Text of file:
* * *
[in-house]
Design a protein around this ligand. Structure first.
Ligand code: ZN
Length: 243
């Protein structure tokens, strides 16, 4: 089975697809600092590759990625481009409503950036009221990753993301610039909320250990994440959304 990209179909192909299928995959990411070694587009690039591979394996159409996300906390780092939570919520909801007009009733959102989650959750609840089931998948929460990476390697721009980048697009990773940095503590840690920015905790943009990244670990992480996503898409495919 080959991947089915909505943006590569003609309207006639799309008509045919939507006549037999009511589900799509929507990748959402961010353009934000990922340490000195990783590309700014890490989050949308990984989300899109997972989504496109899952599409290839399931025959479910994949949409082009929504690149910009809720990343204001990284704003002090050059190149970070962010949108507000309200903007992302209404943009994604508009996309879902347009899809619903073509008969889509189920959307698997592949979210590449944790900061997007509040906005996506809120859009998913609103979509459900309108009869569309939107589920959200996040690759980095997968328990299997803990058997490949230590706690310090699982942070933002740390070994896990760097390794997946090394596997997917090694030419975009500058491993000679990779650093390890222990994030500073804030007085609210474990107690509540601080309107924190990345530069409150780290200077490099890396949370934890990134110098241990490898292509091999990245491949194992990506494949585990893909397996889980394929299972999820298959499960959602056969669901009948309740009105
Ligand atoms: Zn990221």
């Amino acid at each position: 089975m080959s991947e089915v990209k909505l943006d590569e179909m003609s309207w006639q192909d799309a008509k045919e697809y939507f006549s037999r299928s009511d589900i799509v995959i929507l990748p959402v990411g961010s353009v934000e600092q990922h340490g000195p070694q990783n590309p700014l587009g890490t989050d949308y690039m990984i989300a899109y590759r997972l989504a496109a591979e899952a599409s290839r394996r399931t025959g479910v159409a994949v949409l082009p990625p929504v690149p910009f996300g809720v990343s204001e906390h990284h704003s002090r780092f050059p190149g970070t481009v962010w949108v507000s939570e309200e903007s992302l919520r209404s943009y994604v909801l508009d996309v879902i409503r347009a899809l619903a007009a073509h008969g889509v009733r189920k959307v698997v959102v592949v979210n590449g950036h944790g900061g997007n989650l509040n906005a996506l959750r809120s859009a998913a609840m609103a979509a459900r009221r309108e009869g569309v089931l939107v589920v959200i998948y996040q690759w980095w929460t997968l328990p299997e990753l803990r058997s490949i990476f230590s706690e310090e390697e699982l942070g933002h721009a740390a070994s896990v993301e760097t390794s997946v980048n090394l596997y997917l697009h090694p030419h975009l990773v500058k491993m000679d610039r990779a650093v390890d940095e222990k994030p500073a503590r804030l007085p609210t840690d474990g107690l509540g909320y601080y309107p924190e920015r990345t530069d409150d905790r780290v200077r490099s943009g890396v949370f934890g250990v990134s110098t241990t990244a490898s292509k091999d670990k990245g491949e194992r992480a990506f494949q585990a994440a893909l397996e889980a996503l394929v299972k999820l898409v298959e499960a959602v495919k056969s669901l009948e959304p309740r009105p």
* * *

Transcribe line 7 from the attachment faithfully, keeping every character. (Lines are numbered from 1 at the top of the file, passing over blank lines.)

């Amino acid at each position: 089975m080959s991947e089915v990209k909505l943006d590569e179909m003609s309207w006639q192909d799309a008509k045919e697809y939507f006549s037999r299928s009511d589900i799509v995959i929507l990748p959402v990411g961010s353009v934000e600092q990922h340490g000195p070694q990783n590309p700014l587009g890490t989050d949308y690039m990984i989300a899109y590759r997972l989504a496109a591979e899952a599409s290839r394996r399931t025959g479910v159409a994949v949409l082009p990625p929504v690149p910009f996300g809720v990343s204001e906390h990284h704003s002090r780092f050059p190149g970070t481009v962010w949108v507000s939570e309200e903007s992302l919520r209404s943009y994604v909801l508009d996309v879902i409503r347009a899809l619903a007009a073509h008969g889509v009733r189920k959307v698997v959102v592949v979210n590449g950036h944790g900061g997007n989650l509040n906005a996506l959750r809120s859009a998913a609840m609103a979509a459900r009221r309108e009869g569309v089931l939107v589920v959200i998948y996040q690759w980095w929460t997968l328990p299997e990753l803990r058997s490949i990476f230590s706690e310090e390697e699982l942070g933002h721009a740390a070994s896990v993301e760097t390794s997946v980048n090394l596997y997917l697009h090694p030419h975009l990773v500058k491993m000679d610039r990779a650093v390890d940095e222990k994030p500073a503590r804030l007085p609210t840690d474990g107690l509540g909320y601080y309107p924190e920015r990345t530069d409150d905790r780290v200077r490099s943009g890396v949370f934890g250990v990134s110098t241990t990244a490898s292509k091999d670990k990245g491949e194992r992480a990506f494949q585990a994440a893909l397996e889980a996503l394929v299972k999820l898409v298959e499960a959602v495919k056969s669901l009948e959304p309740r009105p």